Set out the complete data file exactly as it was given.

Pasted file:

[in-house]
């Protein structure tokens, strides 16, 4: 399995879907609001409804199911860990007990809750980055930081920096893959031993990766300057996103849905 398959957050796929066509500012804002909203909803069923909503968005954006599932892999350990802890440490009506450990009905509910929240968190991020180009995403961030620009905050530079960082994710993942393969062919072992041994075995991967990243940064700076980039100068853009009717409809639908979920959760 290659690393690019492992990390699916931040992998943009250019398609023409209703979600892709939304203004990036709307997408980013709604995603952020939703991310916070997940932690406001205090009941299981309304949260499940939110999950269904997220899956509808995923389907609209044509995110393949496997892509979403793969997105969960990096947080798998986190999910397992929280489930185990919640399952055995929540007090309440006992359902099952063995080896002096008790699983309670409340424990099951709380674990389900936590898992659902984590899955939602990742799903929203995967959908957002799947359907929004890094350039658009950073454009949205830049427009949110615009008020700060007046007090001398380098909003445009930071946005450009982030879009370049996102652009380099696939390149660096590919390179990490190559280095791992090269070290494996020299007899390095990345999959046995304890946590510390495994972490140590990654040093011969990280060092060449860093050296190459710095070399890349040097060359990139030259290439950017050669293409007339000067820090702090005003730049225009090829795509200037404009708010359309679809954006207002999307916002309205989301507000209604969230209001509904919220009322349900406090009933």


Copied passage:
[in-house]
């Protein structure tokens, strides 16, 4: 399995879907609001409804199911860990007990809750980055930081920096893959031993990766300057996103849905 398959957050796929066509500012804002909203909803069923909503968005954006599932892999350990802890440490009506450990009905509910929240968190991020180009995403961030620009905050530079960082994710993942393969062919072992041994075995991967990243940064700076980039100068853009009717409809639908979920959760 290659690393690019492992990390699916931040992998943009250019398609023409209703979600892709939304203004990036709307997408980013709604995603952020939703991310916070997940932690406001205090009941299981309304949260499940939110999950269904997220899956509808995923389907609209044509995110393949496997892509979403793969997105969960990096947080798998986190999910397992929280489930185990919640399952055995929540007090309440006992359902099952063995080896002096008790699983309670409340424990099951709380674990389900936590898992659902984590899955939602990742799903929203995967959908957002799947359907929004890094350039658009950073454009949205830049427009949110615009008020700060007046007090001398380098909003445009930071946005450009982030879009370049996102652009380099696939390149660096590919390179990490190559280095791992090269070290494996020299007899390095990345999959046995304890946590510390495994972490140590990654040093011969990280060092060449860093050296190459710095070399890349040097060359990139030259290439950017050669293409007339000067820090702090005003730049225009090829795509200037404009708010359309679809954006207002999307916002309205989301507000209604969230209001509904919220009322349900406090009933």